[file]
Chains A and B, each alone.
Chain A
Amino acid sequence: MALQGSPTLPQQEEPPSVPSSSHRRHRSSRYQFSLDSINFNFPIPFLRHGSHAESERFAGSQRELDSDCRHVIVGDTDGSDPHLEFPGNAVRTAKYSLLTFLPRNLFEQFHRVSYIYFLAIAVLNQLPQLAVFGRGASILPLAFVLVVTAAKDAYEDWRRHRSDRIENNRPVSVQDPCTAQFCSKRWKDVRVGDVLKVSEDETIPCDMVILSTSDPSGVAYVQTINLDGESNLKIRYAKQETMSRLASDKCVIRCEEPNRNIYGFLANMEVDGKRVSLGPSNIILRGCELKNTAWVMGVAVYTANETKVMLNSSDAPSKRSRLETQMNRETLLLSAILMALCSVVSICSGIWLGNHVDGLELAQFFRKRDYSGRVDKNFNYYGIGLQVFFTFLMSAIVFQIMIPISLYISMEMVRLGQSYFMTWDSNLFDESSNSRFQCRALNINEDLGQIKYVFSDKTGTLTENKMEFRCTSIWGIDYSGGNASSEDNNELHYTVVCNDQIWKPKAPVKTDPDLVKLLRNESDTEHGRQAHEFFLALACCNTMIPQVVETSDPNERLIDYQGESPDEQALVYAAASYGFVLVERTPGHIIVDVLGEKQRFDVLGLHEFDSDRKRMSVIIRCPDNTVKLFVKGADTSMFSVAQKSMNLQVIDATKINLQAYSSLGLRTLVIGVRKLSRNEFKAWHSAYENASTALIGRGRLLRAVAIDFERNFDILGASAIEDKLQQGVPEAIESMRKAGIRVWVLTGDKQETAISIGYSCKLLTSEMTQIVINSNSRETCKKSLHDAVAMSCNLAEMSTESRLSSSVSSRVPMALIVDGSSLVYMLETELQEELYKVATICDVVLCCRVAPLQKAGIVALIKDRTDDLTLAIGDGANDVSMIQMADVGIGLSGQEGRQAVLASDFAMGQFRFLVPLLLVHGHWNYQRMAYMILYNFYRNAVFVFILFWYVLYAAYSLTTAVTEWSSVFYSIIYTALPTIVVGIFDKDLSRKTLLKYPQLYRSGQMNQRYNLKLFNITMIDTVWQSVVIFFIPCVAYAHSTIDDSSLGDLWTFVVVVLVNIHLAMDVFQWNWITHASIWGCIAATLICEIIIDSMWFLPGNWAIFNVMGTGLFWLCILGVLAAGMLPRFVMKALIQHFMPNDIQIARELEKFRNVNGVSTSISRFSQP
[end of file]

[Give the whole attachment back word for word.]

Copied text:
Chains A and B, each alone.
Chain A
Amino acid sequence: MALQGSPTLPQQEEPPSVPSSSHRRHRSSRYQFSLDSINFNFPIPFLRHGSHAESERFAGSQRELDSDCRHVIVGDTDGSDPHLEFPGNAVRTAKYSLLTFLPRNLFEQFHRVSYIYFLAIAVLNQLPQLAVFGRGASILPLAFVLVVTAAKDAYEDWRRHRSDRIENNRPVSVQDPCTAQFCSKRWKDVRVGDVLKVSEDETIPCDMVILSTSDPSGVAYVQTINLDGESNLKIRYAKQETMSRLASDKCVIRCEEPNRNIYGFLANMEVDGKRVSLGPSNIILRGCELKNTAWVMGVAVYTANETKVMLNSSDAPSKRSRLETQMNRETLLLSAILMALCSVVSICSGIWLGNHVDGLELAQFFRKRDYSGRVDKNFNYYGIGLQVFFTFLMSAIVFQIMIPISLYISMEMVRLGQSYFMTWDSNLFDESSNSRFQCRALNINEDLGQIKYVFSDKTGTLTENKMEFRCTSIWGIDYSGGNASSEDNNELHYTVVCNDQIWKPKAPVKTDPDLVKLLRNESDTEHGRQAHEFFLALACCNTMIPQVVETSDPNERLIDYQGESPDEQALVYAAASYGFVLVERTPGHIIVDVLGEKQRFDVLGLHEFDSDRKRMSVIIRCPDNTVKLFVKGADTSMFSVAQKSMNLQVIDATKINLQAYSSLGLRTLVIGVRKLSRNEFKAWHSAYENASTALIGRGRLLRAVAIDFERNFDILGASAIEDKLQQGVPEAIESMRKAGIRVWVLTGDKQETAISIGYSCKLLTSEMTQIVINSNSRETCKKSLHDAVAMSCNLAEMSTESRLSSSVSSRVPMALIVDGSSLVYMLETELQEELYKVATICDVVLCCRVAPLQKAGIVALIKDRTDDLTLAIGDGANDVSMIQMADVGIGLSGQEGRQAVLASDFAMGQFRFLVPLLLVHGHWNYQRMAYMILYNFYRNAVFVFILFWYVLYAAYSLTTAVTEWSSVFYSIIYTALPTIVVGIFDKDLSRKTLLKYPQLYRSGQMNQRYNLKLFNITMIDTVWQSVVIFFIPCVAYAHSTIDDSSLGDLWTFVVVVLVNIHLAMDVFQWNWITHASIWGCIAATLICEIIIDSMWFLPGNWAIFNVMGTGLFWLCILGVLAAGMLPRFVMKALIQHFMPNDIQIARELEKFRNVNGVSTSISRFSQP